If you’ve been reading my blog, you know that I’ve been working through Paxson’s Trance-Portation. I mentioned a few entries ago that I’ve been revisiting animal spirits / spirit guides. Paxson suggests asking a companion animal to lead you to a spirit who can teach you to better navigate the inner realms.

Last night, while the husband was at work, I took advantage of my free/quiet time and prepared to trance. I took a cleansing shower to help me release the stress and tensions of the day. While there I felt compelled to chant which felt great. Chanting really gets me in the mood for spiritual activity.

I then sat at my altar, honored the kindreds and lit a stick of incense to honor my spirit guides in particular.

Going into trances is coming easier and easier to me given the right mental cues. It used to be a real effort for me to guide myself into anything. Now it’s almost second nature to call on the Two Powers and enter my inner nemeton. I’m finding that my inner realm has a definite landscape that I can navigate. I’ve really not ventured far. Beyond my nemeton is a field and, in the distance, more forest. In the middle of the field is a big rock that I’ve visited plenty of times in Katrina’s rock meditations. An Dagda likes to frequent it.

Before leaving my nemeton, I called to my long-time spirit guide, the lynx. I’ve been trying to work with him more and feel like I have a better relationship with him. I asked if he could lead me to a being who could teach me more about trancing and navigating. We walked through the field and a few animals passed by, including a deer. They weren’t interested in stopping. Finally a fox walked in our path, stopped, and waited for us. I asked her if she was willing to teach me and she said yes. At this point I felt a pull from my physical body – my throat was irritated and I knew I was going to cough but I held back. The vixen laughed at me, called me a foolish human, and basically said that if I need to cough I should just get it over with. She then said that I needed to finish healing before I come back to her and sent me off.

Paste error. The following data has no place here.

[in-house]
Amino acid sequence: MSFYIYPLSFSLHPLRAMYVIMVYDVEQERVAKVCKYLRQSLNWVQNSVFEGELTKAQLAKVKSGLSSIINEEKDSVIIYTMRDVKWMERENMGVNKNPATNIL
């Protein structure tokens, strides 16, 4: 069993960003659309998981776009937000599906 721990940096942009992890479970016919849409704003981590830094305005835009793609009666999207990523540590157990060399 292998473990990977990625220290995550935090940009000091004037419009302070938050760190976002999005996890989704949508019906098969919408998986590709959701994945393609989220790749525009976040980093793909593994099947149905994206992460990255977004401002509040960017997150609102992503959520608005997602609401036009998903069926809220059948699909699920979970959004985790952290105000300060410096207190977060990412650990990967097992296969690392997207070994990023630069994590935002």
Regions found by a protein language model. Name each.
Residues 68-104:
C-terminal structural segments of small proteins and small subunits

It was an interesting experience, that’s for sure. And then today I kept seeing red foxes *everywhere*.

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“Bugs Bunny and Mickey Mouse are the heirs of Br’er Rabbit and Anansi. We give our children toy ducks to protect them in the bath, and Teddy Bears to ward their sleep. When small, my grandchildren were guarded by a tattered toy in the shape of a bear that belonged to their great-grandmother when she was a girl.

“I have vivid memories of an afternoon in the Cornish town of Padstow, when a friend and I watched the procession of the Padstow “Hobby Horse.” This is a stylized horse-shaped construction that has been carried through the streets to bless the town every May 1 for centuries. We listened to a young man from the procession explain very seriously to his young son why the “‘Oss” was more powerful than Spiderman. We have been conditioned to believe in and trust our animal helpers since we were very small.

“In animals, we see the wisdom that comes from an unbroken connection with nature and the innocence of beings uncorrupted by the human world. We relate to them in a visceral and preverbal way that bypasses conscious inhibitions. By developing your connections with the animal powers, you expand your capacities without losing the advantages of living in the human world…”

Page 99 of Trance-Portation.